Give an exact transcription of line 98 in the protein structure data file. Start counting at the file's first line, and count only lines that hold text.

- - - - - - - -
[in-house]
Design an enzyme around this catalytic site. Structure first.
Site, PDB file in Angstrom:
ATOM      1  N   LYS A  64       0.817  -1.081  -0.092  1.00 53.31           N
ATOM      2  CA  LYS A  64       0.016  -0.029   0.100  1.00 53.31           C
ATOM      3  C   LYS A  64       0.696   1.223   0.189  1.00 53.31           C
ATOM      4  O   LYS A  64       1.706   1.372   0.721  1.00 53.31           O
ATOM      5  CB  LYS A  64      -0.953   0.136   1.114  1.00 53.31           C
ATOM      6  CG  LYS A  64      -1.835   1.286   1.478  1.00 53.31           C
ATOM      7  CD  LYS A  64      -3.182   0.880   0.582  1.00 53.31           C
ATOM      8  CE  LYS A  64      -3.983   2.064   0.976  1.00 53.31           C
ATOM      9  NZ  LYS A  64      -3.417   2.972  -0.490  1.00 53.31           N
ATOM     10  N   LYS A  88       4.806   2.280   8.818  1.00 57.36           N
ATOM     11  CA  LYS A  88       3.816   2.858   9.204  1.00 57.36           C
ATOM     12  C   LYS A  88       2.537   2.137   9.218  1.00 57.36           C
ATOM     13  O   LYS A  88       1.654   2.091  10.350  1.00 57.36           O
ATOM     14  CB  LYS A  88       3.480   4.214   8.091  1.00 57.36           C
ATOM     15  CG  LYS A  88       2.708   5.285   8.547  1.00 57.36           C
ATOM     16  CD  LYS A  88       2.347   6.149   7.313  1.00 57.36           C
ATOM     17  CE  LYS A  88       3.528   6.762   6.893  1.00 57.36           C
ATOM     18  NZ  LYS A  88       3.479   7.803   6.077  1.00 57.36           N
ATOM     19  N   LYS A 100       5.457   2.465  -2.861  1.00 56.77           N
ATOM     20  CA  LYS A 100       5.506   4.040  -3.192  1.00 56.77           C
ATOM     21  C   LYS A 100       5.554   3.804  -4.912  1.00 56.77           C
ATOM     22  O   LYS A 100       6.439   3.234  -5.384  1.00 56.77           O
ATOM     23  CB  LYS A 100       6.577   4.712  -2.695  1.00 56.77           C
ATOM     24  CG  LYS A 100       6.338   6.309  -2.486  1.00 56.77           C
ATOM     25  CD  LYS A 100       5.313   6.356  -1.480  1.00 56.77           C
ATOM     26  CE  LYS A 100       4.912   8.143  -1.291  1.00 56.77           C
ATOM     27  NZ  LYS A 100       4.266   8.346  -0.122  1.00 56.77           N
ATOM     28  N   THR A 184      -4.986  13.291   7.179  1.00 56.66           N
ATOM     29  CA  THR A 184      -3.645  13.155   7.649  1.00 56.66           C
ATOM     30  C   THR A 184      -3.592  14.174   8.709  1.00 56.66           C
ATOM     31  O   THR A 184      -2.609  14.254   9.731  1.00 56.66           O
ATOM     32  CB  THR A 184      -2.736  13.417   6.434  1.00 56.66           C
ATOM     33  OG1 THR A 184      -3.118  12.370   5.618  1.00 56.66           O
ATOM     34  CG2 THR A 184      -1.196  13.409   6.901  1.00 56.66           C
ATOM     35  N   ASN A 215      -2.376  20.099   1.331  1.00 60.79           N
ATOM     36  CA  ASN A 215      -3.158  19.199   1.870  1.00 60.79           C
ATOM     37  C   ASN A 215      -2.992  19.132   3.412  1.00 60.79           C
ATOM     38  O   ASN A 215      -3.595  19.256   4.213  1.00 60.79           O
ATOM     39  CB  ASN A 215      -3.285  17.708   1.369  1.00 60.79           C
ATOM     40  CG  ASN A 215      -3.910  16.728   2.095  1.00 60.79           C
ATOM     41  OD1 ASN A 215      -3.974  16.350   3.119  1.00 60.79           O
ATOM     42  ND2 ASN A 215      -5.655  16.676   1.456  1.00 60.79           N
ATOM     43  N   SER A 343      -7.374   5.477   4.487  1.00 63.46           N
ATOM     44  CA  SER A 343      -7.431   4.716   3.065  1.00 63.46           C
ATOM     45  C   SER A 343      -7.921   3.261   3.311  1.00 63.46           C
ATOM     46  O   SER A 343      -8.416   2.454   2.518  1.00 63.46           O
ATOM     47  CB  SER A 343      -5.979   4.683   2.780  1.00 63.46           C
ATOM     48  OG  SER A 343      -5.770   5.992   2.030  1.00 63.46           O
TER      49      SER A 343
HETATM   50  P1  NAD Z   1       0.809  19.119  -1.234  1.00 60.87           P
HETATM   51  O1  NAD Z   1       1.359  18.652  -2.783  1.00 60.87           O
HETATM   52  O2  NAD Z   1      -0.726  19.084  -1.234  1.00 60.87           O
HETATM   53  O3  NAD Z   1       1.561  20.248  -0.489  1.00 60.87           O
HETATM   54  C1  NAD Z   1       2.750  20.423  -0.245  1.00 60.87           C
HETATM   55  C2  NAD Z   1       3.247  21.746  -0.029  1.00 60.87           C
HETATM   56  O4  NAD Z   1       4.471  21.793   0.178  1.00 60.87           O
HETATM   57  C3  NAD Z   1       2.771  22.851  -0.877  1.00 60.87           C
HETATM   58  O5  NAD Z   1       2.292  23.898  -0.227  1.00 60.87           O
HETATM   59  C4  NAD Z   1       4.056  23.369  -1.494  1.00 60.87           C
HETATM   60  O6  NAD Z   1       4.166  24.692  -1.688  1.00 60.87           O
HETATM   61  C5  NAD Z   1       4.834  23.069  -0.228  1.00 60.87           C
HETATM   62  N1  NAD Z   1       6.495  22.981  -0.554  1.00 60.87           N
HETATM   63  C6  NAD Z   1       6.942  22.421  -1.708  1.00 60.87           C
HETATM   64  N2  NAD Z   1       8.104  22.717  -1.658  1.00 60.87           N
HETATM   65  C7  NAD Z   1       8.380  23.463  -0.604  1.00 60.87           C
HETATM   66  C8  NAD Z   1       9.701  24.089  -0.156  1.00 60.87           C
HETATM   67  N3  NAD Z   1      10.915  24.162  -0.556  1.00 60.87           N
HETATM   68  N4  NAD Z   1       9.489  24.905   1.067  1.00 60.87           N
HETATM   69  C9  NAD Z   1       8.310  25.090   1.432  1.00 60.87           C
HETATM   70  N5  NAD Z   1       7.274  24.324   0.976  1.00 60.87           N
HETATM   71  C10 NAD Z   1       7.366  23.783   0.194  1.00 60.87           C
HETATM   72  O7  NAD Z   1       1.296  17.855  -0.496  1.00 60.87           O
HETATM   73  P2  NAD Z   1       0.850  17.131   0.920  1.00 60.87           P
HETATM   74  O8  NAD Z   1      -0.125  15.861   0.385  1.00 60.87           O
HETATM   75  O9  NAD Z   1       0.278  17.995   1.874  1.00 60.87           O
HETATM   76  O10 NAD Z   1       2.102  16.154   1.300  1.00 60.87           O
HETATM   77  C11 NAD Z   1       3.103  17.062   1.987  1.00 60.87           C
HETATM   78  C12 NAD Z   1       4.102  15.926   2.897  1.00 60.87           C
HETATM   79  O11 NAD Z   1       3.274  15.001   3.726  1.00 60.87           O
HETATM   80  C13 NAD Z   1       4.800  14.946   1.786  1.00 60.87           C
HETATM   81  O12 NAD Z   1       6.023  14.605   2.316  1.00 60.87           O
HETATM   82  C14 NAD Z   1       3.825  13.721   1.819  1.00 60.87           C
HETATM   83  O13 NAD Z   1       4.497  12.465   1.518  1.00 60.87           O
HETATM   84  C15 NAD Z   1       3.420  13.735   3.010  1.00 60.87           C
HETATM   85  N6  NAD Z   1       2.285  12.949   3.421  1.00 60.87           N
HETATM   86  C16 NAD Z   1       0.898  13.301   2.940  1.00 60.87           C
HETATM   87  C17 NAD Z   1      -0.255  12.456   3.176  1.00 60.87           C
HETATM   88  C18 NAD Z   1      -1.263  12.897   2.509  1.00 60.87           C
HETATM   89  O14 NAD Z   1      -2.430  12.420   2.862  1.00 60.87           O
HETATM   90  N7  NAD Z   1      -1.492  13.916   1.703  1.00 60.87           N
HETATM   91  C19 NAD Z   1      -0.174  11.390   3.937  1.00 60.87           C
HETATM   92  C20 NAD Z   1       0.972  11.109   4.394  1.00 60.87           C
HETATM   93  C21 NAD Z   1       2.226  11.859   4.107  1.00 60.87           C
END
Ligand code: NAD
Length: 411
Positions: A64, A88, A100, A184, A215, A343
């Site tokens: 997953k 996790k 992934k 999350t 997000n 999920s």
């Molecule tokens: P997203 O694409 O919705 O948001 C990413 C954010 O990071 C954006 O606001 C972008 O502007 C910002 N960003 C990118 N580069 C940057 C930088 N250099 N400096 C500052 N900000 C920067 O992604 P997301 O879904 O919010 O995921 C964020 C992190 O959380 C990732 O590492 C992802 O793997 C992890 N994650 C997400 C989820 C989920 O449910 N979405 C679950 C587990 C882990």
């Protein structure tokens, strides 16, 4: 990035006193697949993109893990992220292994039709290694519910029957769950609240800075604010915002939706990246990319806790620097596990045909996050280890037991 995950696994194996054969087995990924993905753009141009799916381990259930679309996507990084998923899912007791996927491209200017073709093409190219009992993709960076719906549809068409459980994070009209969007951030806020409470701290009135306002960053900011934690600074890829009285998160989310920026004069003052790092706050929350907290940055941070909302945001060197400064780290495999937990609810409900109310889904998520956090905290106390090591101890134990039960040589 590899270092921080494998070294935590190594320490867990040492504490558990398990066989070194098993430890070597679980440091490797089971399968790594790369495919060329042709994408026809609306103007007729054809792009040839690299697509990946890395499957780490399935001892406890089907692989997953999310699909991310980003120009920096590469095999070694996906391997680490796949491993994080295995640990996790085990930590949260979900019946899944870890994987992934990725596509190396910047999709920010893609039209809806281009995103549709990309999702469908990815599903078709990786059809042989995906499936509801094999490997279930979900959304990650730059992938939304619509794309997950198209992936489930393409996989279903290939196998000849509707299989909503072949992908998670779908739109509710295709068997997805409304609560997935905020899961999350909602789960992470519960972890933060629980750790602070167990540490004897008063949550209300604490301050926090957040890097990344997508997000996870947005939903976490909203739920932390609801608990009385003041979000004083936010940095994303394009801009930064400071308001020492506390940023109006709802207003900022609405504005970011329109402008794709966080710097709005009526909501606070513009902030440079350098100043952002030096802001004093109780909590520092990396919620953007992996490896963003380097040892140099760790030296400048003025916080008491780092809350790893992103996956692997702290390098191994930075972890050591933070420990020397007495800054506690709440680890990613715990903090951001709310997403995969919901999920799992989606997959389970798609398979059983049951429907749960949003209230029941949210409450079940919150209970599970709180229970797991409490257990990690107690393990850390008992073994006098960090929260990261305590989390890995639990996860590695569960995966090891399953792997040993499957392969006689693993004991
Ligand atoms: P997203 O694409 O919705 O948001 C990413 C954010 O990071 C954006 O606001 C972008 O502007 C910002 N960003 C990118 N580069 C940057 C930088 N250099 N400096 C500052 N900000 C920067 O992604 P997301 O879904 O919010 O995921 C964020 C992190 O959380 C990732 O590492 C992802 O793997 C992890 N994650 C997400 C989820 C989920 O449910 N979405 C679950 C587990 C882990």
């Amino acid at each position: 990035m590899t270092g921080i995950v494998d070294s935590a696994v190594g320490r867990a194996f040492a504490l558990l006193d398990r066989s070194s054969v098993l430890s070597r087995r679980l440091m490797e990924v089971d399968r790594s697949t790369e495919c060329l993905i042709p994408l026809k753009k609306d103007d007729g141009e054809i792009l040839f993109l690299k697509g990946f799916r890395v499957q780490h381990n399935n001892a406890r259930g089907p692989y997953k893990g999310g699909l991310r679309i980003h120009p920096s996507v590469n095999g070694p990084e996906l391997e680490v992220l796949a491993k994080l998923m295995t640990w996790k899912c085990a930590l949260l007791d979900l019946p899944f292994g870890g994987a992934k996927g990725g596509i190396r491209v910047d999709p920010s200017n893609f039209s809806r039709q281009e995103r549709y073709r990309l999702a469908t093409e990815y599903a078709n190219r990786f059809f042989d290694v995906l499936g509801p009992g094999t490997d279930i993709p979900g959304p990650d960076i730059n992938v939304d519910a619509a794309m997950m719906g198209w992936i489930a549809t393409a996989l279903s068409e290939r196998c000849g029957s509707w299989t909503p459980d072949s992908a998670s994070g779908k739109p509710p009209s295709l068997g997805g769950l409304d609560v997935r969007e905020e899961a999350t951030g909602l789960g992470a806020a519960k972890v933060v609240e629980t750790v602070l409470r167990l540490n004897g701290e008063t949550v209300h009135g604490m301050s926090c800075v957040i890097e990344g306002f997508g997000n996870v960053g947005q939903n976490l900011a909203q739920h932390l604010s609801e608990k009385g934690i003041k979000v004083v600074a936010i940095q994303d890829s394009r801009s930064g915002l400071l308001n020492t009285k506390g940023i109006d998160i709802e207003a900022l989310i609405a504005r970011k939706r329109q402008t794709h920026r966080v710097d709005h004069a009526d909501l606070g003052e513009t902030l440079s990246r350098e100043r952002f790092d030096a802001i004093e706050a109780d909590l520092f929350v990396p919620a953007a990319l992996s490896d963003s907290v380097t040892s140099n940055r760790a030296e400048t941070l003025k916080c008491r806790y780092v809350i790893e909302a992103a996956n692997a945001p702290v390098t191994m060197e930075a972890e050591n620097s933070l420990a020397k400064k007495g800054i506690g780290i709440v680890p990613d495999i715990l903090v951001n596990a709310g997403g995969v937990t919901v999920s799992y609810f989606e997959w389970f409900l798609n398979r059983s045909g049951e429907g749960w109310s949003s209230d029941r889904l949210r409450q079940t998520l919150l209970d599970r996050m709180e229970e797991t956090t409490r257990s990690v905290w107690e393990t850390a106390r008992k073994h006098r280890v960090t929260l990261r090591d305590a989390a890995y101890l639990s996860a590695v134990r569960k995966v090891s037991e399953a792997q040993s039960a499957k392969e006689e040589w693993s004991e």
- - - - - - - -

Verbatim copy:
Ligand code: NAD